Why a 23-year-old bought an abandoned house in Detroit for $500, and what happened next.

Global inequality is reaching alarming levels—and is increasingly determined by location. Meanwhile, economists find economic mobility in America has not changed in 50 years.

Why net neutrality matters, and how losing it would change the character of the Web.

Ten organizations that are laying the foundation for a powerful economic justice movement.

How limited Internet access in the developing world “is entrenching and amplifying existing inequalities and contributing to poverty of imagination—a crucial limitation on human life.”

Striking a balance between expanded learning time for students and increased planning and training time for teachers.

How inequality stifles innovation.

The “simplest, cleanest, most easily understood” way investors can fight climate change.

Four things we can learn about surveillance from the first-hand experiences of poor marginalized people.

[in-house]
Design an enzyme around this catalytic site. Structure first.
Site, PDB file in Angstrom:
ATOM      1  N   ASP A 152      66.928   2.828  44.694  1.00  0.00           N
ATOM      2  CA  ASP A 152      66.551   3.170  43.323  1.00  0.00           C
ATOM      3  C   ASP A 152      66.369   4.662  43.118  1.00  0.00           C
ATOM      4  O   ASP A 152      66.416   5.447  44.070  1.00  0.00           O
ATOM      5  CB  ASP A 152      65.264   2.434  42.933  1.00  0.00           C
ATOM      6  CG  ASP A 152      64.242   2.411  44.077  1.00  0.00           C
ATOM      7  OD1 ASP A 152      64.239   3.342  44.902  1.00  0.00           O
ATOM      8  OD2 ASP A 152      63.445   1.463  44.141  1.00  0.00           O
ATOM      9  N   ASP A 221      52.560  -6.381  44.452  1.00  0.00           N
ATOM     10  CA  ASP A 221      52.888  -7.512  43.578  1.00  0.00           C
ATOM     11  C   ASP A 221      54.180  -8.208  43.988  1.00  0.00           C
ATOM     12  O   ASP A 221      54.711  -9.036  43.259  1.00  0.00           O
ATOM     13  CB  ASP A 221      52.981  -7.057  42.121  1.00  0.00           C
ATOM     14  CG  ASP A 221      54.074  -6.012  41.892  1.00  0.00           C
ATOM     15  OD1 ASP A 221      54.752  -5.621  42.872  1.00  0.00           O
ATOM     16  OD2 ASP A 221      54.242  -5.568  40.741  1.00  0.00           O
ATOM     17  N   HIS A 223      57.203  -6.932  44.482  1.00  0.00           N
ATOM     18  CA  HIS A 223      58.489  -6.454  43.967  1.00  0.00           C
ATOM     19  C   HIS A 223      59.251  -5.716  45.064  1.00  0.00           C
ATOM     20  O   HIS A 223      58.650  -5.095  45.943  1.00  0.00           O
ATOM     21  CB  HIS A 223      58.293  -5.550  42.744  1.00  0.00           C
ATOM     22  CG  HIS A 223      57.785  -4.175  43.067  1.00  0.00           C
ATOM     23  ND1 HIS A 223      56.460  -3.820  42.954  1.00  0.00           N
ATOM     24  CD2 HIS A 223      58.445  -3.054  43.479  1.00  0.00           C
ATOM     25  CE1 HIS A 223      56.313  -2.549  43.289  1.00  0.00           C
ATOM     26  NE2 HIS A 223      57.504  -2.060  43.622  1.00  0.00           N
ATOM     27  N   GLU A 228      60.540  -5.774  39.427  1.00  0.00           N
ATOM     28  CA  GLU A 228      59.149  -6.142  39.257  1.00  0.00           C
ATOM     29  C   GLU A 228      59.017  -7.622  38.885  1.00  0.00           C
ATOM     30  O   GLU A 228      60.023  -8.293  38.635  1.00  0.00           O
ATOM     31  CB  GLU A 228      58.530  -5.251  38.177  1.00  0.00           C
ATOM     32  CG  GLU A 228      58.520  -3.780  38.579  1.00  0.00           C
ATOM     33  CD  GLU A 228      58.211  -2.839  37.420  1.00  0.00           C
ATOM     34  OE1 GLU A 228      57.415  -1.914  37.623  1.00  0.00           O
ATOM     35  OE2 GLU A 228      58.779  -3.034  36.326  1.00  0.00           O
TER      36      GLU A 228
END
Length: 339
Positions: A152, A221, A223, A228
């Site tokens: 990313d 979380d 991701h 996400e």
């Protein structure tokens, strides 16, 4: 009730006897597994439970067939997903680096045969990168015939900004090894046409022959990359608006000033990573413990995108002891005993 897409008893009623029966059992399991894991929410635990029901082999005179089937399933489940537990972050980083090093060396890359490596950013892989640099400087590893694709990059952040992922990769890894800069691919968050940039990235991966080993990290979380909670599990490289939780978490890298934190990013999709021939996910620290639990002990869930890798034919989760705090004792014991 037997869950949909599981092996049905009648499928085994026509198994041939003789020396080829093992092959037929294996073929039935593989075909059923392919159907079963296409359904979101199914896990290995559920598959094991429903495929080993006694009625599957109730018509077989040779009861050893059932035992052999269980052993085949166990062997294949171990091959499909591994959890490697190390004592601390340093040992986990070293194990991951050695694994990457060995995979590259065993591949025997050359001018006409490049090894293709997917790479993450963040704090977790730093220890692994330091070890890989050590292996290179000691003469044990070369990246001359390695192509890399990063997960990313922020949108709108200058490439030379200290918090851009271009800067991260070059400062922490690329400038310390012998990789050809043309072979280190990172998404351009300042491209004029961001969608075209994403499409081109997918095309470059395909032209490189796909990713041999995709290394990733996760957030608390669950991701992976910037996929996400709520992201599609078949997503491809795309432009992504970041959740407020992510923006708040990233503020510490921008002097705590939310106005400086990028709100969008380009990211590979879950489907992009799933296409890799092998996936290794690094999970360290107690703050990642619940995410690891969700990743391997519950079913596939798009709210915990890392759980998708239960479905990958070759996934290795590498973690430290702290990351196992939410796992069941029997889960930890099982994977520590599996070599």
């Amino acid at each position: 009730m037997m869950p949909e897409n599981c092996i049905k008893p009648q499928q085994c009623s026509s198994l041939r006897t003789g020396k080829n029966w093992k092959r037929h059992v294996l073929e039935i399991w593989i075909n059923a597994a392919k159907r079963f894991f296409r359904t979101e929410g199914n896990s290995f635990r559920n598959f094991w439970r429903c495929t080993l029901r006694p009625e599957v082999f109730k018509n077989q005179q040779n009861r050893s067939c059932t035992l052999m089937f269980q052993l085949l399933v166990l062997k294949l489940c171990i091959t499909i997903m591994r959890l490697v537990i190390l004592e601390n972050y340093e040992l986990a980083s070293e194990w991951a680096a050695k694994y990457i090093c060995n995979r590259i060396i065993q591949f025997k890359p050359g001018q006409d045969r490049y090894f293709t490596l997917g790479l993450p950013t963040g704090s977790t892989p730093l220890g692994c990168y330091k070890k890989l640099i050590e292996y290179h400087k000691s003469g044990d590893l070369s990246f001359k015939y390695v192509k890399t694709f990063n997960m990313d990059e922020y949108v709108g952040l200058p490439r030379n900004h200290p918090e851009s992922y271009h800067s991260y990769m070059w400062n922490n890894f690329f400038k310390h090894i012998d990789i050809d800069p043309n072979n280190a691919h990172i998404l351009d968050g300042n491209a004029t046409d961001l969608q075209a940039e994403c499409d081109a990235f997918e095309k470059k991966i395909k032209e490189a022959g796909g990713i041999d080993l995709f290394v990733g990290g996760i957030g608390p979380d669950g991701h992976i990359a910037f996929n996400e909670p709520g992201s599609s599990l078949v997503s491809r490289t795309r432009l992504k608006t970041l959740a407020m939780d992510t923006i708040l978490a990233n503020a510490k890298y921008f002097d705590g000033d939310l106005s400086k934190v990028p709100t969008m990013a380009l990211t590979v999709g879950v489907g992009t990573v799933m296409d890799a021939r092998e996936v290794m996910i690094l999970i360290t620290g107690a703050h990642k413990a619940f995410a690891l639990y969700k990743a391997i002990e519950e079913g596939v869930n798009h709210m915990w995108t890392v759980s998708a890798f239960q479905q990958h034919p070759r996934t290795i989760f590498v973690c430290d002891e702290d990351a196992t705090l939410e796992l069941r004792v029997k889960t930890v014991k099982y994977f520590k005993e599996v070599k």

Why the smartest cities have the smallest share of cars.

  • Jan. 17: Connecting restaurant patrons and restaurant workers, understanding net neutrality, filling in gaps on Wikipedia.
  • Jan. 10: Arts in Africa, online harassment, the geography of poverty.
  • Dec. 20: Fighting gender violence in India, equal marriage and economic inequality, what the tech sector can learn from urbanists.

The Ford Foundation

The Ford Foundation is an independent organization working to address inequality and build a future grounded in justice. For more than 85 years, it has supported visionaries on the frontlines of social change worldwide, guided by its mission to strengthen democratic values, reduce poverty and injustice, promote international cooperation, and advance human achievement. Today, with an endowment of $16 billion, the foundation has headquarters in New York and 10 regional offices across Africa, Asia, Latin America, and the Middle East.

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